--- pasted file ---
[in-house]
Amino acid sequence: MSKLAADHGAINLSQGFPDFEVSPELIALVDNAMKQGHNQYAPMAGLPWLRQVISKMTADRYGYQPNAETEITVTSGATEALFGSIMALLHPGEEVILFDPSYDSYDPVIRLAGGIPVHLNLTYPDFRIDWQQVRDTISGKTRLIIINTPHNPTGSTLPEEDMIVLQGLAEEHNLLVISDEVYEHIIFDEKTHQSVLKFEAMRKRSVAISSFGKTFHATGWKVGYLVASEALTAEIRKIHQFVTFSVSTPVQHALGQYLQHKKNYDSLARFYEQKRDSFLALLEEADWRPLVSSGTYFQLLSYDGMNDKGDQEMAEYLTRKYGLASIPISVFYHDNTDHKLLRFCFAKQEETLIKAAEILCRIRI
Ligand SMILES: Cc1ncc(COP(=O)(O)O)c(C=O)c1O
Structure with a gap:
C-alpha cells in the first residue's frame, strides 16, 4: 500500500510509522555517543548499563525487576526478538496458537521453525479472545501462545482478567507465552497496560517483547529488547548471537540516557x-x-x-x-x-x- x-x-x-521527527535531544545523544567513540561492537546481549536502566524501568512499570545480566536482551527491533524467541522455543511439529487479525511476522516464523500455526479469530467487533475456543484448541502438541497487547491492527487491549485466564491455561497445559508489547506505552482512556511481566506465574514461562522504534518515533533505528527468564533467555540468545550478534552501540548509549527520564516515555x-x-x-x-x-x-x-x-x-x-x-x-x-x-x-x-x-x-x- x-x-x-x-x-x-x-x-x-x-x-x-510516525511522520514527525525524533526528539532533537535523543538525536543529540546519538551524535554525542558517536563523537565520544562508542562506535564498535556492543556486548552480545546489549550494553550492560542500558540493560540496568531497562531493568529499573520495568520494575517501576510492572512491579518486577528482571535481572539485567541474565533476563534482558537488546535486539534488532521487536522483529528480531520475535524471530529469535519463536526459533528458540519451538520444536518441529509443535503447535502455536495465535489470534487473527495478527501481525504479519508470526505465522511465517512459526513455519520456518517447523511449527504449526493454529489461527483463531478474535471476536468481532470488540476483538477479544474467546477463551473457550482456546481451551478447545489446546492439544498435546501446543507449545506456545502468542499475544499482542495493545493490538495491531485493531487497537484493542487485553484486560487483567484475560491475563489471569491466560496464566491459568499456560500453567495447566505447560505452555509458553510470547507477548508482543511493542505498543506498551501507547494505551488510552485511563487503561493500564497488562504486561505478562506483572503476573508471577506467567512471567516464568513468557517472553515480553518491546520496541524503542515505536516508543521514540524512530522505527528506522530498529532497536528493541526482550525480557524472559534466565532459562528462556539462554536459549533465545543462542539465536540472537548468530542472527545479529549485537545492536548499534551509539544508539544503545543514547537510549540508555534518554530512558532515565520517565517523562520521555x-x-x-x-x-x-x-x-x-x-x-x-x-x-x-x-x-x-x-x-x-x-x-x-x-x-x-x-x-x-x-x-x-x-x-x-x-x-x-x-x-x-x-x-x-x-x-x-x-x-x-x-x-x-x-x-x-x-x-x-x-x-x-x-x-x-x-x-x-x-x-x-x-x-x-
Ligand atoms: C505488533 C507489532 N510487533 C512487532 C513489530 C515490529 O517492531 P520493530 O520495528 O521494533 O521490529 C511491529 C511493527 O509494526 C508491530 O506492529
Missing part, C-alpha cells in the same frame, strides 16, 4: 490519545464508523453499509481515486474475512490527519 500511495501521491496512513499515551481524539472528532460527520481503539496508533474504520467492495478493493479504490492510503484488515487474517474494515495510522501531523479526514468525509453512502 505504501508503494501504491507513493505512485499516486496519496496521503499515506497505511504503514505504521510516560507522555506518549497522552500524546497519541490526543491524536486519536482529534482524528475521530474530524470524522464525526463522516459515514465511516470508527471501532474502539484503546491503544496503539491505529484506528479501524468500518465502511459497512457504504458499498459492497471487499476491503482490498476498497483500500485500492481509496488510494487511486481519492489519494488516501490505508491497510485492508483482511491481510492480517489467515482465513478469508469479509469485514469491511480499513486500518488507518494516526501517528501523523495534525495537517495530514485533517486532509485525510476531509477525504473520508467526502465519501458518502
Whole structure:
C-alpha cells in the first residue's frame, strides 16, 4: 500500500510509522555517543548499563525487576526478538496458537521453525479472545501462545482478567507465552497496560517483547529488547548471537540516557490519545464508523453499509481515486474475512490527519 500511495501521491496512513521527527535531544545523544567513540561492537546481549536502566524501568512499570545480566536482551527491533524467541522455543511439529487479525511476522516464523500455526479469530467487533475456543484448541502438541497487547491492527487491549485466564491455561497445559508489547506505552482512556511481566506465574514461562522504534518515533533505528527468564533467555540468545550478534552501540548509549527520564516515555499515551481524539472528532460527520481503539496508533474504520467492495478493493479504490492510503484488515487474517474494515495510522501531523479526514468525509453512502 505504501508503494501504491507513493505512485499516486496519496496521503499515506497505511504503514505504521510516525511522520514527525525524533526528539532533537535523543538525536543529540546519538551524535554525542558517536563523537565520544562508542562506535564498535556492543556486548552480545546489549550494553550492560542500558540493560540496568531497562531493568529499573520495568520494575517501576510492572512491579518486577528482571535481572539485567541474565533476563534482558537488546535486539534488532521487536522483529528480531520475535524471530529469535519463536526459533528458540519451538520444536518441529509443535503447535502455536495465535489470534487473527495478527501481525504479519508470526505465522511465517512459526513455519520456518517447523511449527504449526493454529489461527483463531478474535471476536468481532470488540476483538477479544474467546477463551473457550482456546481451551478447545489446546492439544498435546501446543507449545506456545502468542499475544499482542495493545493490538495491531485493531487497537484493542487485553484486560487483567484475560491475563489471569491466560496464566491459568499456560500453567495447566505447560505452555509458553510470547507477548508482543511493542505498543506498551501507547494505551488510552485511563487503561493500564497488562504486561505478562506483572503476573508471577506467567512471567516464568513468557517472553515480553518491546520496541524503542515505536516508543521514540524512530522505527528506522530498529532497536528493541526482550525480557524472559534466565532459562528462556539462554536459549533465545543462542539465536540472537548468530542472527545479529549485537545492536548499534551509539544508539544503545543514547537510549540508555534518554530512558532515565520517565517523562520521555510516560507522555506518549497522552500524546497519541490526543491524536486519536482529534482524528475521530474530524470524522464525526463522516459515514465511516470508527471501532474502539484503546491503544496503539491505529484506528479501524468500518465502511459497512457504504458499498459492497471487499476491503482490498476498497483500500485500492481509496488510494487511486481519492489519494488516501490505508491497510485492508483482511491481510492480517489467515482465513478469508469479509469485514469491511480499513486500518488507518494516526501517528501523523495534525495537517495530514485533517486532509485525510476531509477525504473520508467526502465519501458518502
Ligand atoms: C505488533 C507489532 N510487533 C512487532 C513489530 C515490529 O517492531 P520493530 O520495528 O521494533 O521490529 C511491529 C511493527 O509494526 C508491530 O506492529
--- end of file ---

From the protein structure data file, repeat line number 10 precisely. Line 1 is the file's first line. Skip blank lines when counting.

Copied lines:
Ligand atoms: C505488533 C507489532 N510487533 C512487532 C513489530 C515490529 O517492531 P520493530 O520495528 O521494533 O521490529 C511491529 C511493527 O509494526 C508491530 O506492529